From July 11th to 13th 2015 the Farm hosted a course on self-construction of solar panels. The expert Luigi Lisi taught participants the theory and practice for the construction of a solar panel by using recyclable materials and purchased solar cells. Luigi also provided examples on how to turn a house or another project self-sufficient in terms of energy production.
We took advantage of this happy occasion to ask Luigi few questions.

Can anybody build a solar panel or you need to be an electrician to do it?

Ho fatto tanti corsi in giro per l’’Italia e devo dire che tutte le persone che ho seguito, anche quelle che non avevano una grande manualità e destrezza, sono riuscite senza difficoltà a portare a termine il lavoro. I’ve held many courses around Italy and everybody was able to build a solar panel, even people who didn’t have many manual skills, so I have to say that anybody can build a solar panel without having to necessarily be an electrician.

What do we need to build a solar panel?
In order to build a solar panel we only need commonly used and easy-to-obtain materials.
In particular: a 40 or 60-watt tinning machine, tin, scissors, a caulk gun, neutral silicone, a flat surface to be used as workbench.
Other materials are: solar cells, tinned copper tape, Flux pens to prevent oxidation when tinning the copper stripes on the solar cells and glass sheets.

Where can we find all the necessary tools and materials?
The tools can be bought in any hardware store or DIY store.
As of the materials (solar cells, tin copper stripes, etc.) we can try to buy them from a company that builds solar panels (if there is one in our area) or purchase them online.
Concerning the glass sheets, personally I purchase them from companies that produce window frames. Indeed, glass is a waste material for them and actually they have to pay for disposing of it, so they usually are very glad to save money by giving glass to someone who is going to recycle it.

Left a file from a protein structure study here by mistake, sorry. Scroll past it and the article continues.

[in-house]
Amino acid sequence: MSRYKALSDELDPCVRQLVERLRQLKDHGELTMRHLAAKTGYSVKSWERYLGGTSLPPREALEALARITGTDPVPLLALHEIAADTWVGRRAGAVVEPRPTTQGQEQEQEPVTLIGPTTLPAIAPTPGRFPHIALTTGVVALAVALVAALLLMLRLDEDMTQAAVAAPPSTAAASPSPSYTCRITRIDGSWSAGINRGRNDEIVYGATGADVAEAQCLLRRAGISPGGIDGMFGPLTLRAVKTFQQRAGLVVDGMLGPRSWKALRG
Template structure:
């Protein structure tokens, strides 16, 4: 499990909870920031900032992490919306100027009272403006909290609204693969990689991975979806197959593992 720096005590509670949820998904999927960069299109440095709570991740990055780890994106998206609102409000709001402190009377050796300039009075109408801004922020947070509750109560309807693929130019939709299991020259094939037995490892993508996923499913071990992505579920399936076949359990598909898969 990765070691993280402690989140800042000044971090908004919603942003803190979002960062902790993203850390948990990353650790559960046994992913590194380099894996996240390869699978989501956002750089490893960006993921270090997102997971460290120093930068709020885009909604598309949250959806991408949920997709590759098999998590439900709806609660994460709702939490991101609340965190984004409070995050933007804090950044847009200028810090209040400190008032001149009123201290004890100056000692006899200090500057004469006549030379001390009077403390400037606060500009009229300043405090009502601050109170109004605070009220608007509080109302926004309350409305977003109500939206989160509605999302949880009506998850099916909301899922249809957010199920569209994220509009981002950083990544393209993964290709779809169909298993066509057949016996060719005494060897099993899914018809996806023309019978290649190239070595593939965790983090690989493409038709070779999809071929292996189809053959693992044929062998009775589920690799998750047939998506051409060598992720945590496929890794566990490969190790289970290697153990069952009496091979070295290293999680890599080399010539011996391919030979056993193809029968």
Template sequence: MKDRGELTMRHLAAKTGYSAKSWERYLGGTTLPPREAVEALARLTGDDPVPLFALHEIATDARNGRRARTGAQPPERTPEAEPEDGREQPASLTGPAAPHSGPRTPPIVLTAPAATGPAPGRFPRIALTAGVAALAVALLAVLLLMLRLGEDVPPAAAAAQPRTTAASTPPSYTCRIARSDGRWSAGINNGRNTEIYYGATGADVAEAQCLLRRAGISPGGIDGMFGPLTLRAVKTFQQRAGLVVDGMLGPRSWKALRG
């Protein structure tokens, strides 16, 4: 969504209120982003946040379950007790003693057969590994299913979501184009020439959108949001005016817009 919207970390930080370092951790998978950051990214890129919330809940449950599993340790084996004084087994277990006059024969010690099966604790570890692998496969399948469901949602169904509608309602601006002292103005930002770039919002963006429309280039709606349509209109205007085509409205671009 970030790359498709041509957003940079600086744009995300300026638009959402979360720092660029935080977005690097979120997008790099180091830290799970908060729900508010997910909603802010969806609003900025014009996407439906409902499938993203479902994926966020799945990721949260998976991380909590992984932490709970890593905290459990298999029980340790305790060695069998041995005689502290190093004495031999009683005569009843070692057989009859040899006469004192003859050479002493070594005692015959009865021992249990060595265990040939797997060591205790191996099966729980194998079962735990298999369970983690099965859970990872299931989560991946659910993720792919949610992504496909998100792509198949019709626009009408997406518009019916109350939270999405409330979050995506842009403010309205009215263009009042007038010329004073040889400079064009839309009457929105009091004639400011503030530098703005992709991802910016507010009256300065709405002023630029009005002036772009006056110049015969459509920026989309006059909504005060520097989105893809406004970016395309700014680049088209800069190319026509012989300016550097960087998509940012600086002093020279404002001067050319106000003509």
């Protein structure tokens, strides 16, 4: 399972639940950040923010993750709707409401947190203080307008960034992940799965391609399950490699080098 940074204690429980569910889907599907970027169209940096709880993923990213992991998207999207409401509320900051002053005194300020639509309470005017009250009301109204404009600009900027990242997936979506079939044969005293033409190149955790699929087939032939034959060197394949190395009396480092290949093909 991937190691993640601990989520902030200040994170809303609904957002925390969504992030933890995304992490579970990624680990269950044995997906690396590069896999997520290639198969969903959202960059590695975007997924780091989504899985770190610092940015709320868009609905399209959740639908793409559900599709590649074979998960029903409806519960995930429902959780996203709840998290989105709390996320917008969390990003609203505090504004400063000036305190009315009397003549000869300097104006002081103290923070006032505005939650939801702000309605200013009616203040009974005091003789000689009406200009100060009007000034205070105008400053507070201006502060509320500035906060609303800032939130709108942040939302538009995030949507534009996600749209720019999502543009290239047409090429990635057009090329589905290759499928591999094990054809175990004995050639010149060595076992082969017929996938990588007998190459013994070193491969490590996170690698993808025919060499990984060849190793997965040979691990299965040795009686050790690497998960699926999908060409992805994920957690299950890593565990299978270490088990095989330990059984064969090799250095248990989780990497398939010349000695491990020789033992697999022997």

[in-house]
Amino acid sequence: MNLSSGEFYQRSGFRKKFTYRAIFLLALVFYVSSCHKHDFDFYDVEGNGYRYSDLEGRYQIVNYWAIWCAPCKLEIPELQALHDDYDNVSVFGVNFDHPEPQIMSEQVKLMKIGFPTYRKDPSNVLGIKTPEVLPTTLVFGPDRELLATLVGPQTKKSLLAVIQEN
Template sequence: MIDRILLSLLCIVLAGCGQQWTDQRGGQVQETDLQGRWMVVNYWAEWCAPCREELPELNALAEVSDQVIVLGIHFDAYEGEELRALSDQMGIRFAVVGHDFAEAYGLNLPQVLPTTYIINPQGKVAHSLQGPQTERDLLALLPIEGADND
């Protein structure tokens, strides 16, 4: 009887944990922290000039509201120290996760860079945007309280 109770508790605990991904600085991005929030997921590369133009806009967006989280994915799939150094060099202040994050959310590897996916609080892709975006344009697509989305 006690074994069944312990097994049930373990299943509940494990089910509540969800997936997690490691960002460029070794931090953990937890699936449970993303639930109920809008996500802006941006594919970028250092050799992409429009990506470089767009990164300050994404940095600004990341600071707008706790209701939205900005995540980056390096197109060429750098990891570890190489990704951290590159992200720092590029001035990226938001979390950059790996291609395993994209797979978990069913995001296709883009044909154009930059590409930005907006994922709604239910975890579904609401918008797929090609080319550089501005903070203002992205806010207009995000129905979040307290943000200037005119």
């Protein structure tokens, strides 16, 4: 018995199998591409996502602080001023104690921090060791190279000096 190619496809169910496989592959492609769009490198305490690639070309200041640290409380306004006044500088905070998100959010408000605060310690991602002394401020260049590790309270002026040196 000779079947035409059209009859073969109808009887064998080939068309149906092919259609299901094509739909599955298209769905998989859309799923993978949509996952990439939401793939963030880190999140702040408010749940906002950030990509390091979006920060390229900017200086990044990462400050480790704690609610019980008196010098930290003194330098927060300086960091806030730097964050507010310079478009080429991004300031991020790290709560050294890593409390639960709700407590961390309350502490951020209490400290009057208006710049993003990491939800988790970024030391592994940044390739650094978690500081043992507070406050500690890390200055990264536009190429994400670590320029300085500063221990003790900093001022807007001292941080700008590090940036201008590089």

Nowadays the cost of solar panels has decreased considerably, so is it still convenient to self-construct them?
This is a good point. First of all, we need to understand what “convenient” means.
Until few years ago, the ratio of purchased solar panels to self-produced ones was 4 to 1, so self-construction was really convenient. Today this ratio is 2 to 1, so we purchase at a cost of 200 and we self-construct at a cost 100.
I would like to underline that I am referring to a single solar panel, not a whole system. Otherwise I would have to make further distinctions.
In the cost of the solar panel time is not included and neither are the fun and satisfaction of having carried out this project with your own resources.
Finally, since I know how the solar panel is built, I can always fix it easily if something doesn’t work.

What are the issues linked to renewable energies and which are the best energy accumulation systems?
The main problem of renewable energy sources is that they are unstable, for i.e. wind and sun are not available 24h/7. So, in order to avoid energy storage through batteries, we need to change our habits and use energy during production picks.